Ontario’s Bill 149: Key Changes Impacting Employers & Workers

Written by on July 3, 2024 in Employment Law Blog, Employment Law Issues

Bill 149 further burdens employers, provides more rights to employees

On March 21, 2024, Ontario’s employment landscape witnessed significant changes with the enactment of Bill 149, the Working for Workers Four Act, 2024 (Bill 149). This comprehensive legislation introduces amendments to various statutes, including the Employment Standards Act, 2000 (ESA), impacting employers across the province.

Here’s a closer look at what Ontario employers need to know about Bill 149 and its implications for their operations.

March 21, 2024 – Changes to the ESA

The immediate changes to the ESA include redefining the term “employee” to encompass individuals working during a “trial period.” This expansion ensures that employees in trial periods are entitled to minimum standards under the ESA, providing them with essential protections from the outset of their employment.

Moreover, Bill 149 expands the prohibition on deductions from wages. Employers are now expressly prohibited from deducting wages due to customer non-payment in establishments such as restaurants or gas stations. This amendment reinforces the principle that employees should not bear the financial burden of customer-related losses incurred by their employers.

June 21, 2024 – Further Changes to the ESA

On June 21, 2024, Bill 149 brought significant changes related to tips and gratuities. Employers must now adhere to specific payment methods for tips and gratuities, ensuring that employees receive their earned compensation promptly. Additionally, employers with tip-sharing policies must post these policies conspicuously in their establishments and retain written copies for a designated period. These provisions aim to enhance transparency and fairness in tip distribution practices across various industries.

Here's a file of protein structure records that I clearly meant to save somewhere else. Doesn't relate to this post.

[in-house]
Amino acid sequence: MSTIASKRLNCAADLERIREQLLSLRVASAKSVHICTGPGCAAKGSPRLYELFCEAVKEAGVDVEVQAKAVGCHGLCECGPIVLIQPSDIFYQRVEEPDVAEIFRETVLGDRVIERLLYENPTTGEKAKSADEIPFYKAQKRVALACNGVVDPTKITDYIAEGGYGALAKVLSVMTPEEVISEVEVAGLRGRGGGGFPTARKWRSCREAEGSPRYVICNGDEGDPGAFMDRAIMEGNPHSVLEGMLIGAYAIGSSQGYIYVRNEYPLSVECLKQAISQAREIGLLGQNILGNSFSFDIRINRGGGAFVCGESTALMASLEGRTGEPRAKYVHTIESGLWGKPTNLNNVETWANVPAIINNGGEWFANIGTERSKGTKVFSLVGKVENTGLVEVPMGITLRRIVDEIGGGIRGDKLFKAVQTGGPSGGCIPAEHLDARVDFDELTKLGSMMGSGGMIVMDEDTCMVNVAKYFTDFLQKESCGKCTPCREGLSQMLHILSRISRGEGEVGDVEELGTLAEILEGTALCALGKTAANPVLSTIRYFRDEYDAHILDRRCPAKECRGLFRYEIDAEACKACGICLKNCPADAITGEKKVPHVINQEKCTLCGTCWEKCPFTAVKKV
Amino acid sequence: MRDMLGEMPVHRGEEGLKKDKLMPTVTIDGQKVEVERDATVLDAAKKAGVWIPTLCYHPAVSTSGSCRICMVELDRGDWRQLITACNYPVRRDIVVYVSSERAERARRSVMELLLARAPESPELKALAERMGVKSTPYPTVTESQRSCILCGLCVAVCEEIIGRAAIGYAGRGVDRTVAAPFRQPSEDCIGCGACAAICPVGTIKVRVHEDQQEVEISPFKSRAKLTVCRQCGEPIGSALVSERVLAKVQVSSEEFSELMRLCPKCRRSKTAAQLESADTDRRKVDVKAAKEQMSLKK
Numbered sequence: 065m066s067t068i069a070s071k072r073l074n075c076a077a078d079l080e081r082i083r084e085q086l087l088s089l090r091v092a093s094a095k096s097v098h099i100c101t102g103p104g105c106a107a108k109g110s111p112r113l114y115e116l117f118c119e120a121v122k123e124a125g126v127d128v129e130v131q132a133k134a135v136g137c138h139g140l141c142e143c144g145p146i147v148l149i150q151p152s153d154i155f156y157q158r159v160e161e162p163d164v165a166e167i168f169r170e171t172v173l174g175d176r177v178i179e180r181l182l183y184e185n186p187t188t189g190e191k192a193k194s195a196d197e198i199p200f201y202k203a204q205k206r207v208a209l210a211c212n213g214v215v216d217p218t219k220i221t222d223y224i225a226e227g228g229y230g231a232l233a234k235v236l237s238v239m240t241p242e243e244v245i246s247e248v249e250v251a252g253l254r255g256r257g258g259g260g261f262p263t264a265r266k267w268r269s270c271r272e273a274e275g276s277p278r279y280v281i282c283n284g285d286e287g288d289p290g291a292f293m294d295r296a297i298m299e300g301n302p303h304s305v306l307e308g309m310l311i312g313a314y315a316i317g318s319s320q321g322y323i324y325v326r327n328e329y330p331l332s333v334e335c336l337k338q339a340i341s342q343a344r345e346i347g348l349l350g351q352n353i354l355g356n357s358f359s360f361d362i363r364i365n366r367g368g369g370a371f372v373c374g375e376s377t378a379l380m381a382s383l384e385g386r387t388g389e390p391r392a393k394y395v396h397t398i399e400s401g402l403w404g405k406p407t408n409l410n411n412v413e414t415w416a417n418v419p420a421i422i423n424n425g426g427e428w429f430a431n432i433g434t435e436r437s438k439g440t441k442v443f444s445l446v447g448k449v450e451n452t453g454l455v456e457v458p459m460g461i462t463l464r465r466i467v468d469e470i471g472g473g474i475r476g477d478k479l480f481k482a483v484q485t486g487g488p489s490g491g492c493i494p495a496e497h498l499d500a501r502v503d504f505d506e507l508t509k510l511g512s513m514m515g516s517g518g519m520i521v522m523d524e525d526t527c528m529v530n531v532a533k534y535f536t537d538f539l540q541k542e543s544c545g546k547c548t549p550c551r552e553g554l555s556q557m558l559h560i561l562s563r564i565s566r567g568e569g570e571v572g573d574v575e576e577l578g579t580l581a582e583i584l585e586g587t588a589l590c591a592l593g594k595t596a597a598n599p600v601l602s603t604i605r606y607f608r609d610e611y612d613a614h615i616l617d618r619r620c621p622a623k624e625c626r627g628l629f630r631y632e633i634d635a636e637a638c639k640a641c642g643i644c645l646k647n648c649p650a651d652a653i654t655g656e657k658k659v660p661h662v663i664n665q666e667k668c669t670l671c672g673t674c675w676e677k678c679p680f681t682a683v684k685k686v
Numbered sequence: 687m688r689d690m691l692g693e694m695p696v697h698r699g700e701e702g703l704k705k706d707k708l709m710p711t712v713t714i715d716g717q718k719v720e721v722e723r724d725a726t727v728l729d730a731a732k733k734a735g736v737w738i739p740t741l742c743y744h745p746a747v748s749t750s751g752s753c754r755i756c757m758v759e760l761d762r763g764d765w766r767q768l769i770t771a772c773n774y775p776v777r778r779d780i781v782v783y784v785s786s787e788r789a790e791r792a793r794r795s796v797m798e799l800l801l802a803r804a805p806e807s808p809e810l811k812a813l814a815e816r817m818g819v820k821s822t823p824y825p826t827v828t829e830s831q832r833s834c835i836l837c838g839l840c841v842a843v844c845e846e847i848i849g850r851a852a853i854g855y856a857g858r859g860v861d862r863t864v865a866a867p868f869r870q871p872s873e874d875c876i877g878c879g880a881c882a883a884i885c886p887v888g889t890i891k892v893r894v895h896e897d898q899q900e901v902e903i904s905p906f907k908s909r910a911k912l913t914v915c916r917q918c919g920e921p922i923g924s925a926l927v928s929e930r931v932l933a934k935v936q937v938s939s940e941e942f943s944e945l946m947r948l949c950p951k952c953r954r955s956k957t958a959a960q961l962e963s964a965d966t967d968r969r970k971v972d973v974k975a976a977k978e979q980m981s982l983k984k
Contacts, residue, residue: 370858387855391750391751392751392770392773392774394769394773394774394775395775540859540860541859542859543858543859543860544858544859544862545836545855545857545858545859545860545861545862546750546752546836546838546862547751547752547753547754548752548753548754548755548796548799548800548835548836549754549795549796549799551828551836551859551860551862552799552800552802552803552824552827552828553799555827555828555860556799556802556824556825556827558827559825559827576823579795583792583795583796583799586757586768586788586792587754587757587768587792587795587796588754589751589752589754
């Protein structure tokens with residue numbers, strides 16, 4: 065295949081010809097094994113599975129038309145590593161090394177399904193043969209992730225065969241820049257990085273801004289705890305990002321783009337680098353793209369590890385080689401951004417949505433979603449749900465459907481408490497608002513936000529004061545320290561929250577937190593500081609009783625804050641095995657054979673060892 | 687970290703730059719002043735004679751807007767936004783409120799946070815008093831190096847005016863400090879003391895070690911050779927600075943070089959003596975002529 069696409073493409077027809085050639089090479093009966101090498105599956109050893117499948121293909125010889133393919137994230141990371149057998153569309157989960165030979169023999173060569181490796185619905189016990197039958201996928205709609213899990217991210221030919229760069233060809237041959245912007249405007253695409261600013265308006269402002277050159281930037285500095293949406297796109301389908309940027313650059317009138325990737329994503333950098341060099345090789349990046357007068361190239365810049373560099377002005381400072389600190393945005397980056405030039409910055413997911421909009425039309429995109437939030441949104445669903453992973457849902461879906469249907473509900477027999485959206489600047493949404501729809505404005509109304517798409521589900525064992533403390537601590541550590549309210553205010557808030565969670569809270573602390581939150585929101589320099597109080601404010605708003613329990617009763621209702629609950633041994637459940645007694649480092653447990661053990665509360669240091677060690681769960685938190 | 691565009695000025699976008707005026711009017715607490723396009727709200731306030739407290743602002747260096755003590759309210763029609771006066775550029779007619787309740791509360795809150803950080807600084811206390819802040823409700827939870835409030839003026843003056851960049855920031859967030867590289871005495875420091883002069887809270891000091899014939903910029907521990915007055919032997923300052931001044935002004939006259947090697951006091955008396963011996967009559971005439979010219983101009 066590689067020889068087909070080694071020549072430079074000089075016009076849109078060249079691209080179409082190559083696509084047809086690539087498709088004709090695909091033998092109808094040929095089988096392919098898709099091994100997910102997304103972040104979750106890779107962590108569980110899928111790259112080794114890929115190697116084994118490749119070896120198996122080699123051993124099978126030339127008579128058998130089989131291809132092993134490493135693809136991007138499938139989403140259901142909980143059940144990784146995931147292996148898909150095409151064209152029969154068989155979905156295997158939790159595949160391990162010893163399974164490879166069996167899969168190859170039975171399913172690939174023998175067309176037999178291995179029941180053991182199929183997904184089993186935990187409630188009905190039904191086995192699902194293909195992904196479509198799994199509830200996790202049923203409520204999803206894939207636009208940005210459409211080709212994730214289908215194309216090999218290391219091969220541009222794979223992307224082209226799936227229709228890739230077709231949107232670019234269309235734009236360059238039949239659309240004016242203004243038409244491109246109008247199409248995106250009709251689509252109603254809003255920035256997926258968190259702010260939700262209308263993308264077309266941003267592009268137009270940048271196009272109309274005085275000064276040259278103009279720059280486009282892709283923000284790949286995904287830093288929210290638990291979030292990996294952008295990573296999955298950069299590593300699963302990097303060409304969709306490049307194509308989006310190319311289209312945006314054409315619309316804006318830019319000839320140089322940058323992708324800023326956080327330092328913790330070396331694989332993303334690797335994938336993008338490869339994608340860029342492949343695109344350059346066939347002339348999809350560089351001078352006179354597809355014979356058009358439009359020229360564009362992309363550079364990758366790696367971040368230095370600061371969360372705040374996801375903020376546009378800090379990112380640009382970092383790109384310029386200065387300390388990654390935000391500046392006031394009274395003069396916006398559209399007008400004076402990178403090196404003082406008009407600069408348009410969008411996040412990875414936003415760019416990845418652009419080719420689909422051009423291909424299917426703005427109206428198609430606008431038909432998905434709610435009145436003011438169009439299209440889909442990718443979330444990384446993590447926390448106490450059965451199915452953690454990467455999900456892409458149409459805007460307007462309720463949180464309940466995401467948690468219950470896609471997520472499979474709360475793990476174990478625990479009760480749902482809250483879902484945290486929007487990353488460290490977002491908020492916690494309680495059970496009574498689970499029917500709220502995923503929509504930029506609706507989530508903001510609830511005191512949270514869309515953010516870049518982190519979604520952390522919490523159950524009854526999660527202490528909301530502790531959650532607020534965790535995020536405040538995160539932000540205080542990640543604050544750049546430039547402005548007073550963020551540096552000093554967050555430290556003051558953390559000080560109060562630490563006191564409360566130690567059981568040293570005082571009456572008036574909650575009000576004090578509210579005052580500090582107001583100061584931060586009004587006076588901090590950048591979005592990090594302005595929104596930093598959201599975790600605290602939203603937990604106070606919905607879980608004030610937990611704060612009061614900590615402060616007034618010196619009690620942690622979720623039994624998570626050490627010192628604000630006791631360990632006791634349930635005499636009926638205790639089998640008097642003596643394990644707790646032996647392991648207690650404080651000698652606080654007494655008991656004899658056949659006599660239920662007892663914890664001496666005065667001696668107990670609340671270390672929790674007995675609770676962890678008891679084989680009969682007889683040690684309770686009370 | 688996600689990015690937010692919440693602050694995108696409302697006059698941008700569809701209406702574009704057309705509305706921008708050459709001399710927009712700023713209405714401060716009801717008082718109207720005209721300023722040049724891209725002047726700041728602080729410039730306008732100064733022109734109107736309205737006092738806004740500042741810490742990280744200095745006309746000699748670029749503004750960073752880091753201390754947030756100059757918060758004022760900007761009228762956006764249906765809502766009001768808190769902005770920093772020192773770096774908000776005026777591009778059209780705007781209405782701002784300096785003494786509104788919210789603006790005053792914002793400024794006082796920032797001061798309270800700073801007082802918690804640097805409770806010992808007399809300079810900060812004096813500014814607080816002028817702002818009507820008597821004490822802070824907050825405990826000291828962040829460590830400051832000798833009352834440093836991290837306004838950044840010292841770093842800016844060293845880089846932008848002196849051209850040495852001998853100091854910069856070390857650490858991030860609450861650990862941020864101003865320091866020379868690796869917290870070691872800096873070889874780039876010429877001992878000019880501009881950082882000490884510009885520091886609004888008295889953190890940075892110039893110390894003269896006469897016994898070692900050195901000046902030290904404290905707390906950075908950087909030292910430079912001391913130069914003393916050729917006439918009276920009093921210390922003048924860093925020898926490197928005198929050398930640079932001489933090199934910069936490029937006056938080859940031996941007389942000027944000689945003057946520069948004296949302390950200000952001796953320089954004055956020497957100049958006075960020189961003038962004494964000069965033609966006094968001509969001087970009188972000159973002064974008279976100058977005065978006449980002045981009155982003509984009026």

Another notable change pertains to vacation pay. Employers will now need a written agreement with employees to pay vacation pay at times that are different from those stipulated by the ESA. This requirement emphasizes the importance of clear communication and mutual agreement between employers and employees regarding vacation pay arrangements.

Future Changes to the ESA

Bill 149 introduces additional requirements concerning publicly advertised job postings, set to take effect on a future date to be named by proclamation. These changes aim to enhance transparency and fairness in the hiring process by mandating disclosures related to AI usage, compensation information and restrictions on requiring prior Canadian work experience. Employers will also be required to retain copies of job postings and associated application forms for a specified period, ensuring accountability and compliance with employment standards.

Changes to Other Legislation

In addition to amendments to the ESA, Bill 149 impacts other legislation relevant to employment in Ontario. For instance, amendments to the Workplace Safety and Insurance Act, 1997, extend presumptive entitlement to benefits for firefighters diagnosed with primary-site esophageal cancer after 15 years of employment.

Contact Minken Employment Lawyers Today

If you are an employer or employee, it is crucial to seek expert legal advice to navigate Bill 149 effectively. Contact Minken Employment Lawyers (Est. 1990) at 905-477-7011 or email us at contact@minken.com for professional guidance and support in all your employment law matters. Our experienced team is here to help you understand your rights and obligations under the law.

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Please note that this article is for informational purposes only and does not constitute legal advice.

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